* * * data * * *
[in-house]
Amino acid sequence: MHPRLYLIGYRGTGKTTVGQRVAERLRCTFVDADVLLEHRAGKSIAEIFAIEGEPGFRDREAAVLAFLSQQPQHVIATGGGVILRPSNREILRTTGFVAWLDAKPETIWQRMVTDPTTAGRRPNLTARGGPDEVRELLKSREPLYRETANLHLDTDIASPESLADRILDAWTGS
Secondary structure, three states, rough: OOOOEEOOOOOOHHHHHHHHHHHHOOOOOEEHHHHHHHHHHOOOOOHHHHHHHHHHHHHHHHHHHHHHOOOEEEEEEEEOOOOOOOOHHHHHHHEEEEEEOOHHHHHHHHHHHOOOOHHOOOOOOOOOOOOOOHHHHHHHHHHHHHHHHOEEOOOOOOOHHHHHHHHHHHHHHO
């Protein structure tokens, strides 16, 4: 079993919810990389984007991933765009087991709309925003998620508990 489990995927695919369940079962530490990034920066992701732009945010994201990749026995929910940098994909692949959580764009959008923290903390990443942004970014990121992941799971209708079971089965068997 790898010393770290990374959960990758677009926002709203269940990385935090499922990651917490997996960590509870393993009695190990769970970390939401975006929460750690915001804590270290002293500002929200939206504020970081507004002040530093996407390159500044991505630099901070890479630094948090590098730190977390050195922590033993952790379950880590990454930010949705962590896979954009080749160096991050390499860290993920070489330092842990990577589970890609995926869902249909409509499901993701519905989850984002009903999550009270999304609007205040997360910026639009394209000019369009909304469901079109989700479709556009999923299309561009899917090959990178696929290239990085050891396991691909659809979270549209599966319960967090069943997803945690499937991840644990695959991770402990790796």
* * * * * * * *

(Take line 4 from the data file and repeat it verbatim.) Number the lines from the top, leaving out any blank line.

């Protein structure tokens, strides 16, 4: 079993919810990389984007991933765009087991709309925003998620508990 489990995927695919369940079962530490990034920066992701732009945010994201990749026995929910940098994909692949959580764009959008923290903390990443942004970014990121992941799971209708079971089965068997 790898010393770290990374959960990758677009926002709203269940990385935090499922990651917490997996960590509870393993009695190990769970970390939401975006929460750690915001804590270290002293500002929200939206504020970081507004002040530093996407390159500044991505630099901070890479630094948090590098730190977390050195922590033993952790379950880590990454930010949705962590896979954009080749160096991050390499860290993920070489330092842990990577589970890609995926869902249909409509499901993701519905989850984002009903999550009270999304609007205040997360910026639009394209000019369009909304469901079109989700479709556009999923299309561009899917090959990178696929290239990085050891396991691909659809979270549209599966319960967090069943997803945690499937991840644990695959991770402990790796």